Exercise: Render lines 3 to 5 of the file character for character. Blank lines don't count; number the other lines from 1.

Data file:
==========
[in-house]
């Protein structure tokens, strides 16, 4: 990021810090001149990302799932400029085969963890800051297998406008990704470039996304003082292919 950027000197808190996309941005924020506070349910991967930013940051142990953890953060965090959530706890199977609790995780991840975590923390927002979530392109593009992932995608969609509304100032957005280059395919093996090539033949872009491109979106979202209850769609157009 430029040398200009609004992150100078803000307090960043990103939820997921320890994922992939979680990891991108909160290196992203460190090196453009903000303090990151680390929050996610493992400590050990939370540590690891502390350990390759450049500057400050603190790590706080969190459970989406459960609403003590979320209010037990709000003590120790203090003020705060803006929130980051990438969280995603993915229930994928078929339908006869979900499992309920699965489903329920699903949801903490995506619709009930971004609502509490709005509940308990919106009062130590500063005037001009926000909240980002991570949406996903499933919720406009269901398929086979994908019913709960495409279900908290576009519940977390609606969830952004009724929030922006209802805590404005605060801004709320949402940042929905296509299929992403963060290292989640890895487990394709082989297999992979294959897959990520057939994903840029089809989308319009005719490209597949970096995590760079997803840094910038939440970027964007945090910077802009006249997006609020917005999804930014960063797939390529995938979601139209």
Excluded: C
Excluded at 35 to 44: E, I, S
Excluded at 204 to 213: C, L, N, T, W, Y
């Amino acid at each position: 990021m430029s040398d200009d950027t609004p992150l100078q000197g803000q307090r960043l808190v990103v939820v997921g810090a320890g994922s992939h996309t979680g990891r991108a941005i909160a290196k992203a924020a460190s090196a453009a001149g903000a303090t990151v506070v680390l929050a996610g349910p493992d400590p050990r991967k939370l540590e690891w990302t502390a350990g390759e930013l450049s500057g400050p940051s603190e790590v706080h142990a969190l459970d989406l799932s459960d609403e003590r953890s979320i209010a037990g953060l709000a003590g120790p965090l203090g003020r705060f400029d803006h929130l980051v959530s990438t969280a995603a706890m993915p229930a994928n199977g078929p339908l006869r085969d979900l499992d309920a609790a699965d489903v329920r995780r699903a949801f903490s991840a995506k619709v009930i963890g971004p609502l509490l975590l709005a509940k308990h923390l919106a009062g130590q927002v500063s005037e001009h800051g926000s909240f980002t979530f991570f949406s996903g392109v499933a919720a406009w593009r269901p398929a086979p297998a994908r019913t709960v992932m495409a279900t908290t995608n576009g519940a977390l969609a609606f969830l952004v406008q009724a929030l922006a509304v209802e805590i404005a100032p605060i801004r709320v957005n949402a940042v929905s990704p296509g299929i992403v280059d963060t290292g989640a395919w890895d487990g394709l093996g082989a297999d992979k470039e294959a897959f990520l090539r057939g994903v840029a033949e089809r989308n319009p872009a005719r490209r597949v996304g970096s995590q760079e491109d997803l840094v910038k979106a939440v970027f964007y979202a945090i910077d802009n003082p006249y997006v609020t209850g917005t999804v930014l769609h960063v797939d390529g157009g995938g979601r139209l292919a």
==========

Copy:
Excluded: C
Excluded at 35 to 44: E, I, S
Excluded at 204 to 213: C, L, N, T, W, Y